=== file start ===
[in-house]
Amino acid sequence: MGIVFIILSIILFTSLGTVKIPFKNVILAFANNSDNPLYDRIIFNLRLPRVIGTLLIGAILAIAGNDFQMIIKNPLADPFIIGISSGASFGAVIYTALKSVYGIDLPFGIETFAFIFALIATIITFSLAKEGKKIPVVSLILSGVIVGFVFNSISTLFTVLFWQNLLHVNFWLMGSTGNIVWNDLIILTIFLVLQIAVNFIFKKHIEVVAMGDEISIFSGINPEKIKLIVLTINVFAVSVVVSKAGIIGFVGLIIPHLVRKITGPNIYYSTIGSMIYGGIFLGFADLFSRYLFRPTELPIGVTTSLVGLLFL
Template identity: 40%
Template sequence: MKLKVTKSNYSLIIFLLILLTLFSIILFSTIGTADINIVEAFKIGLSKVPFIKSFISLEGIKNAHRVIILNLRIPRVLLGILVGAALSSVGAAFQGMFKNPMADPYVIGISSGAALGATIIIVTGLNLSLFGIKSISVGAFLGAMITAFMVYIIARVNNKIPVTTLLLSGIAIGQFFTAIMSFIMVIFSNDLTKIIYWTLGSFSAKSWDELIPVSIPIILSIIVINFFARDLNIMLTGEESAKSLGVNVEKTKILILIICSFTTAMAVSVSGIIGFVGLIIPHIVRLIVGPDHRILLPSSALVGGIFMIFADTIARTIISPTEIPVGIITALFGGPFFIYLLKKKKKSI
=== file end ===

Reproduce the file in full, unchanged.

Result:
[in-house]
Amino acid sequence: MGIVFIILSIILFTSLGTVKIPFKNVILAFANNSDNPLYDRIIFNLRLPRVIGTLLIGAILAIAGNDFQMIIKNPLADPFIIGISSGASFGAVIYTALKSVYGIDLPFGIETFAFIFALIATIITFSLAKEGKKIPVVSLILSGVIVGFVFNSISTLFTVLFWQNLLHVNFWLMGSTGNIVWNDLIILTIFLVLQIAVNFIFKKHIEVVAMGDEISIFSGINPEKIKLIVLTINVFAVSVVVSKAGIIGFVGLIIPHLVRKITGPNIYYSTIGSMIYGGIFLGFADLFSRYLFRPTELPIGVTTSLVGLLFL
Template identity: 40%
Template sequence: MKLKVTKSNYSLIIFLLILLTLFSIILFSTIGTADINIVEAFKIGLSKVPFIKSFISLEGIKNAHRVIILNLRIPRVLLGILVGAALSSVGAAFQGMFKNPMADPYVIGISSGAALGATIIIVTGLNLSLFGIKSISVGAFLGAMITAFMVYIIARVNNKIPVTTLLLSGIAIGQFFTAIMSFIMVIFSNDLTKIIYWTLGSFSAKSWDELIPVSIPIILSIIVINFFARDLNIMLTGEESAKSLGVNVEKTKILILIICSFTTAMAVSVSGIIGFVGLIIPHIVRLIVGPDHRILLPSSALVGGIFMIFADTIARTIISPTEIPVGIITALFGGPFFIYLLKKKKKSI